COLORADO: The United States celebrates its independence on July 4th. Independence still protecting America’s freedom 243 years later is extraordinary. The colonists formally claimed Independence on July 2, 1776.
It was read publicly on July 8th and its signing was on August 2, 1776. However, Congress approved the Declaration of Independence as our founding document on July 4th, 1776. However, the American colonies were not in any sense of the word independent on July 4, 1776.
Boston was still being occupied by British regulars. Fighting had broken out on April 19, 1775, at Lexington and Concord and would continue until 1781. The final Peace Treaty of Paris is not signed until 1783.
Despite all this, July 4th is the day our elected representative stood up to declare our independence.
Today, most countries of the world celebrate some kind of “national day.” Ironically, the one country that does not have a national day is Great Britain. The closest thing they celebrate is the Queen’s Birthday on June 8th.
With such a short history, the United States celebrates only one day. Others celebrate more.
Hungary, for example, celebrates its founding on August 20, the feast day of St. Stephen, the country’s first king. They also celebrate two national days: March 15, for the 1848 Revolution (which aimed at the independence of the Hungarian Kingdom from the Austrian Empire). They also celebrate October 23, commemorating the revolution of 1956 against the Soviet Union.
Both revolutions failed.
In true American fervor, July 4th, our celebration of Independence Day commemorates the revolution against Britan. On July 4th, 1776, the outcome was anything but certain.
What is the point of the Declaration of Independence?
The Continental Congress did have vigerous debates over whether there should be such a declaration of America’s independence. All due to disagreements between the colonies and Great Britain that eventually became warfare. The contention is that some delegates felt that it was about time to make a statement; others still hoped for reconciliation.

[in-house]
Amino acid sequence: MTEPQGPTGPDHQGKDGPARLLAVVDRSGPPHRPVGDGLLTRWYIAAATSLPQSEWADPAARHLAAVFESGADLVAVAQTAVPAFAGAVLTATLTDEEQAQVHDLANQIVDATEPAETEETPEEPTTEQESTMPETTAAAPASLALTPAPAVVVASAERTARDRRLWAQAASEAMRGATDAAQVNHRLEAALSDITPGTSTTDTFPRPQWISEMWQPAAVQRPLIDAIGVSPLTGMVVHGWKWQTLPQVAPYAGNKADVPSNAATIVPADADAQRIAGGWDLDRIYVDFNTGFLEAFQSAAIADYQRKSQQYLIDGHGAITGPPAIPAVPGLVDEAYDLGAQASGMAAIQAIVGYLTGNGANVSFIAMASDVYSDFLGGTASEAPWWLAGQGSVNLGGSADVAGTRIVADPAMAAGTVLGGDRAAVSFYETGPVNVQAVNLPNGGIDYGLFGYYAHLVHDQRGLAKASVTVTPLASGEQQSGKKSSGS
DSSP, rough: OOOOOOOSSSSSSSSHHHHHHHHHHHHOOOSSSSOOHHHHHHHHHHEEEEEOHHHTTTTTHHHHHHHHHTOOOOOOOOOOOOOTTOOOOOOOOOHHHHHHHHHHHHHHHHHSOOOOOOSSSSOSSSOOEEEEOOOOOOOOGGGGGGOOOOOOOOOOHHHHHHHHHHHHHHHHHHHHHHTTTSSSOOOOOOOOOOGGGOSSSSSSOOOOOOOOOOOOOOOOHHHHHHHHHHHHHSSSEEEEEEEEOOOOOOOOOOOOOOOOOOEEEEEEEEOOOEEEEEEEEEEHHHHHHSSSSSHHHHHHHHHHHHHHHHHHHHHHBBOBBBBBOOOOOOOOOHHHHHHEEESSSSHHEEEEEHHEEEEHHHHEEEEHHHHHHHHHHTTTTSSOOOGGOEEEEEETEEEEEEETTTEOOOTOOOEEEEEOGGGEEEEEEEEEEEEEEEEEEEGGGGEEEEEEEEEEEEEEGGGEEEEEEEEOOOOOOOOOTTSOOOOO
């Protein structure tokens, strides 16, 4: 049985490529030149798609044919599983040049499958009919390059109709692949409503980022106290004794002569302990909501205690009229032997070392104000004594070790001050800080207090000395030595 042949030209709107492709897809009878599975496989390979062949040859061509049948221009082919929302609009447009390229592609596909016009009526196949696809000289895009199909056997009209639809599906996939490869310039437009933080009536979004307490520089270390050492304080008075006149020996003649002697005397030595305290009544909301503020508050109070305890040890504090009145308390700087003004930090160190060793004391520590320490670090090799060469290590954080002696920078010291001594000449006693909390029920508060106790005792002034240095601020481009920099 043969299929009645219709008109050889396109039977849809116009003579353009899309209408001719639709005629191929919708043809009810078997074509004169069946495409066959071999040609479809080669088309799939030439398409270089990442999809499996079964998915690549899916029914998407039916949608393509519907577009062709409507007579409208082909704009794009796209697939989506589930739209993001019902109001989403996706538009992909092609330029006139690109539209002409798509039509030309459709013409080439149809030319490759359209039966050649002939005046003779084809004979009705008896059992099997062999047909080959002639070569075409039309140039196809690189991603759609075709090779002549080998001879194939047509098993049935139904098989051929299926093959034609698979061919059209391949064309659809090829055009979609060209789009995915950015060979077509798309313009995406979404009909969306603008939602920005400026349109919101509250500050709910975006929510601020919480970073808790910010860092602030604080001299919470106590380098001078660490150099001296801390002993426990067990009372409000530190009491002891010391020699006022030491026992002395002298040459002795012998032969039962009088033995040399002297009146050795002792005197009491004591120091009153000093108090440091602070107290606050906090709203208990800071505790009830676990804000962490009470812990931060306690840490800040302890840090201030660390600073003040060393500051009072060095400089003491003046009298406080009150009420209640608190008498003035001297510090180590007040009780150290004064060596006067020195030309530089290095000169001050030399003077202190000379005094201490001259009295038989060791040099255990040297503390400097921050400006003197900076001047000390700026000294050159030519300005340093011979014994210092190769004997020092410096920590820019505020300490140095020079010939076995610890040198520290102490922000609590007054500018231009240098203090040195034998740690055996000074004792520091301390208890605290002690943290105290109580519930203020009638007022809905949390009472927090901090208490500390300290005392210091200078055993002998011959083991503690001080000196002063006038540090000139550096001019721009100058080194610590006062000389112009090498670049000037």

In the end, those wishing to declare independence from Britain did prevail.
The structure of the Declaration
The first paragraph of the Declaration often overlooked in favor of the second paragraph, clearly sets out its purpose. It is worth quoting in full:
“When in the Course of human events, it becomes necessary for one people to dissolve the political bands which have connected them with another, and to assume among the powers of the earth, the separate and equal station to which the Laws of Nature and of Nature’s God entitle them, a decent respect to the opinions of mankind requires that they should declare the causes which impel them to the separation.”
Three things are significant in this paragraph.
The first is the implicit nature of our independence.
The paragraph doesn’t say, “We declare that we’re independent!” or “We think we have the right to be independent!”. It is not an assertion that we ought to be independent. Instead, it assumes that independence and says “Here’s why. We think that common decency requires that we explain ourselves.”
The second is that it already gives the reader the answer.
We are entitled—a word much overused these days—to an equal status as a country by “the Laws of Nature and of Nature’s God.” The same as Great Britain or France or Spain. This is extraordinary! (And somewhat impudent.) It asserts that our independence is in line with the natural order of things in a universe created and ordered by God. One could point to no higher authority than that.
Finally, it leads into the rest of the document which will expand on these ideas.
The oft-quoted second paragraph explains the idea that we have a right to be free. Following that is a list of seventeen “causes which impel” the separation. In other words, although many might not have preferred separation from Great Britain, the actions of the king and parliament have forced our hand.
The conclusion of the Declaration
The idea that the colonies did try every means possible to effect a reconciliation with Britain is explained in the two paragraphs of the Declaration. Appeals to the king, the parliament and even to the British people were all to no avail.
The Declaration of Independence is written like a geometric proof. The first paragraph contains the “givens.” The following paragraphs explain the given statements which the Congress believed were indisputable facts.
The final paragraph is the “therefore” part: the inescapable conclusion.
The final paragraph states explicitly what is assumed in the introduction. It is the actual declaration of independence itself:
“We, therefore, …declare, That these United Colonies are,
and of Right ought to be Free and Independent States…”
That, in a nutshell, is the form and purpose of the Declaration of Independence. It is the mouse shaking his fist at the elephant and saying, “You can’t step on me!”
Our revolution may have failed, like Hungary’s in 1848 and 1956. But like Hungary’s in 1989, it did succeed. And so today and every 4th of July for the past 243 years, we continue to celebrate our bold declaration.
Listen to Max McClean read the Declaration of Independence: